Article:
Thank you for reading. If you find my work interesting, useful, or entertaining, please share it with others, and please consider joining the group of lovely people who support me at Life costs money, alas, and owing to my immigration status in Ireland, this is likely to be my only form of income for the foreseeable future, so if you are able to help out, I’d greatly appreciate it. The beauty of crowdfunding is that even as little as $1 per month ends up helping a great deal if enough people do it. You’d be supporting both my nonfiction and my science fiction writing, and you’d get early access to the fiction.

Heroic Leader Braves the Gates of Hell to Defend the Environment (not really)

Gurbanguly Berdimuhamedow, president of Turkmenistan, is doing us all a favor and closing the gates to hell!

Well, not really.

For those who are unfamiliar, the “Gates of Hell” (also known as the Darvazagas crater) is a huge sinkhole in Turkmenistan that is thought to be the result of Soviet oil exploration, which collapsed a natural gas cavity, creating a sinkhole. The gases coming out of it were lit on fire to keep them from spreading at ground level and poisoning people.

In a lot of ways, that was probably a good call. While the smoke from the crater isn’t great for either local life or for the climate, it’s almost certainly better for both than the unburnt gas would have been. That said, they expected the fire to last for a couple weeks, not half a century, and the fumes from the fire have been causing problems. So, when I first heard that there are new plans to extinguish the fire and seal it off, I had one brief, happy moment where I forgot what world I live in, and thought that it was because of the harm being done to the environment (a category in which I include humanity). There are actually a number of underground fires (many of them in coal seams) that are emitting CO2 and other dangerous chemicals, and are obviously are dangerous to any structures or infrastructure above them. To be sure, Berdimuhamedow does seem to be trying to gain whatever “green” points he can, but…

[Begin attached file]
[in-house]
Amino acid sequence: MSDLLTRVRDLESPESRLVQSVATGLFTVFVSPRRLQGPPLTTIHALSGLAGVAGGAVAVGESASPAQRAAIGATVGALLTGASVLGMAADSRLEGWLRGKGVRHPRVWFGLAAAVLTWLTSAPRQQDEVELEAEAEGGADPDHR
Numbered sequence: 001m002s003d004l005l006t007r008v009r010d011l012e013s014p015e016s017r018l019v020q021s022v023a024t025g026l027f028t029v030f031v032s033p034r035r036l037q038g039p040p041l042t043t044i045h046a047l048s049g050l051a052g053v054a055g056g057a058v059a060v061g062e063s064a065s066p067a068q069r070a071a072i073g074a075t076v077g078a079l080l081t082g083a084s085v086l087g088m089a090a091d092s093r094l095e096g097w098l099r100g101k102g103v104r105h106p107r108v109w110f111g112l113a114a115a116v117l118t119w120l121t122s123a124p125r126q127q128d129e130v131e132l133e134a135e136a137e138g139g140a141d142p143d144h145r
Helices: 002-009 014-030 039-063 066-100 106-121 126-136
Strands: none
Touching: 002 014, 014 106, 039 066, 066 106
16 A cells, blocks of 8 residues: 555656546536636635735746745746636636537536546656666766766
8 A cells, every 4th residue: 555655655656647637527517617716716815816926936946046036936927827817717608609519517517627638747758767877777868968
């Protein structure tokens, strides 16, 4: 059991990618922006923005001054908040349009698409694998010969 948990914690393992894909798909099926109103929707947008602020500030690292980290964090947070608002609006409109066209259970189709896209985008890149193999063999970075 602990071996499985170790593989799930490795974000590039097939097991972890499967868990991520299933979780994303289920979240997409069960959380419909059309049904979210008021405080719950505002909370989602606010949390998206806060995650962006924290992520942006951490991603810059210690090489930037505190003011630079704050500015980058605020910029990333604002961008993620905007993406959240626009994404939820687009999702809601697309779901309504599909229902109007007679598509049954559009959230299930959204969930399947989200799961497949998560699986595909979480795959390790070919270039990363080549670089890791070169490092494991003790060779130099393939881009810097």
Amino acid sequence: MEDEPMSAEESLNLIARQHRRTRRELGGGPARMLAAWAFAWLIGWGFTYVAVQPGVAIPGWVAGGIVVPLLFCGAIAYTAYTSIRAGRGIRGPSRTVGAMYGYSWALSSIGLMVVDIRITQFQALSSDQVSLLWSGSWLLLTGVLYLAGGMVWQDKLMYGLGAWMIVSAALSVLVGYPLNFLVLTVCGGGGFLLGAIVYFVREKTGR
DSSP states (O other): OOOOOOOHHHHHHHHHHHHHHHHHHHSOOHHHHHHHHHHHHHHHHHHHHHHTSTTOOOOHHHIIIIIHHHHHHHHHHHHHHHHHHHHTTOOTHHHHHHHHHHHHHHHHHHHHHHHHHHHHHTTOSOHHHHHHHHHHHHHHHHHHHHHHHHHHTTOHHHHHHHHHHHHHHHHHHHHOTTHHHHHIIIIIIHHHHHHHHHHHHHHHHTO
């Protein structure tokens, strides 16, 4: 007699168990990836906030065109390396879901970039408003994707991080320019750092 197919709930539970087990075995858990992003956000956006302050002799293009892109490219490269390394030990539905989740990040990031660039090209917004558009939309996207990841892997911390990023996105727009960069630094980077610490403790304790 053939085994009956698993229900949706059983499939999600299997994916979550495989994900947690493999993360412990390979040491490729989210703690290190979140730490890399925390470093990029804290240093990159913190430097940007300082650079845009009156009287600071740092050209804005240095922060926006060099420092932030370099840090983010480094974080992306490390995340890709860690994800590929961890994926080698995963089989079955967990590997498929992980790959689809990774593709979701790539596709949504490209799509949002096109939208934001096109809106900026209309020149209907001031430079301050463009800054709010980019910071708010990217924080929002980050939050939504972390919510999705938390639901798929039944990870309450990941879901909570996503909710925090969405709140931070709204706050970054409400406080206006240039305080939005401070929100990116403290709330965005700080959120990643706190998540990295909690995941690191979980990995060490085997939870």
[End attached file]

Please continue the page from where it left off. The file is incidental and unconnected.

Berdimuhamedow said that the burning crater “negatively affects both the environment and the health of the people living nearby” and that Turkmenistan is “losing valuable natural resources for which we could get significant profits.”

Turkmenistan possesses the world’s fourth largest reserves of natural gas in its underground, intending to significantly increase its export of gas to many countries such as Pakistan, China, India, Iran, Russia and also Western Europe by 2030.


Turkmenistan isn’t exactly the worst offender when it comes to the climate or other environmental issues, but this is very much part of an ongoing trend – world leaders pay lip service to the climate crisis, while continuing to expand fossil fuel extraction.  The story very much brings to mind the oh-so subtle satire of Doom Eternal, with capitalists reacting to the discovery of Hell by looking for ways to directly profit off of it.